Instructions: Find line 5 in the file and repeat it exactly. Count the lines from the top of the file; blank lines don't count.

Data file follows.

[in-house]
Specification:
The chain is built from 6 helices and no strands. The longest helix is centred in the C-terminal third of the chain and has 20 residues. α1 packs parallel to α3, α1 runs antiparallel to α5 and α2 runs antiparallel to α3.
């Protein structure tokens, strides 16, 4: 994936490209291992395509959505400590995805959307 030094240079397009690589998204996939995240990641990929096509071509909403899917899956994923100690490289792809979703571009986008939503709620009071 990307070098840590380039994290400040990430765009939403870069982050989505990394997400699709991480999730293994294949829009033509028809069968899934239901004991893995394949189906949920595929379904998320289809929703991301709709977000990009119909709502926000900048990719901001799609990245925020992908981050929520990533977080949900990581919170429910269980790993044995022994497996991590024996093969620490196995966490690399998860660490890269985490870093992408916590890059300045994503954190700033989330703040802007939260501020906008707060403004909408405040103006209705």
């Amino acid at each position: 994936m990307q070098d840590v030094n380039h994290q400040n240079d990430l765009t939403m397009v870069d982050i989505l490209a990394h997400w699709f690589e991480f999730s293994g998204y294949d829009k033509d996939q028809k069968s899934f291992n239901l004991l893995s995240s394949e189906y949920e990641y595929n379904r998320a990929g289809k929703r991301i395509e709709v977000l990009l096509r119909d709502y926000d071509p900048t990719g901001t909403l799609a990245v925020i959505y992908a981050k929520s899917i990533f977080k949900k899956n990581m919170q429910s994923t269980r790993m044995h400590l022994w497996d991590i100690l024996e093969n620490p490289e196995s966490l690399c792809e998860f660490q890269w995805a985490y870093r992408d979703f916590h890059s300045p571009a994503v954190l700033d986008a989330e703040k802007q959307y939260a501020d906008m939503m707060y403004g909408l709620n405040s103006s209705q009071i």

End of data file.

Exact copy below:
């Amino acid at each position: 994936m990307q070098d840590v030094n380039h994290q400040n240079d990430l765009t939403m397009v870069d982050i989505l490209a990394h997400w699709f690589e991480f999730s293994g998204y294949d829009k033509d996939q028809k069968s899934f291992n239901l004991l893995s995240s394949e189906y949920e990641y595929n379904r998320a990929g289809k929703r991301i395509e709709v977000l990009l096509r119909d709502y926000d071509p900048t990719g901001t909403l799609a990245v925020i959505y992908a981050k929520s899917i990533f977080k949900k899956n990581m919170q429910s994923t269980r790993m044995h400590l022994w497996d991590i100690l024996e093969n620490p490289e196995s966490l690399c792809e998860f660490q890269w995805a985490y870093r992408d979703f916590h890059s300045p571009a994503v954190l700033d986008a989330e703040k802007q959307y939260a501020d906008m939503m707060y403004g909408l709620n405040s103006s209705q009071i």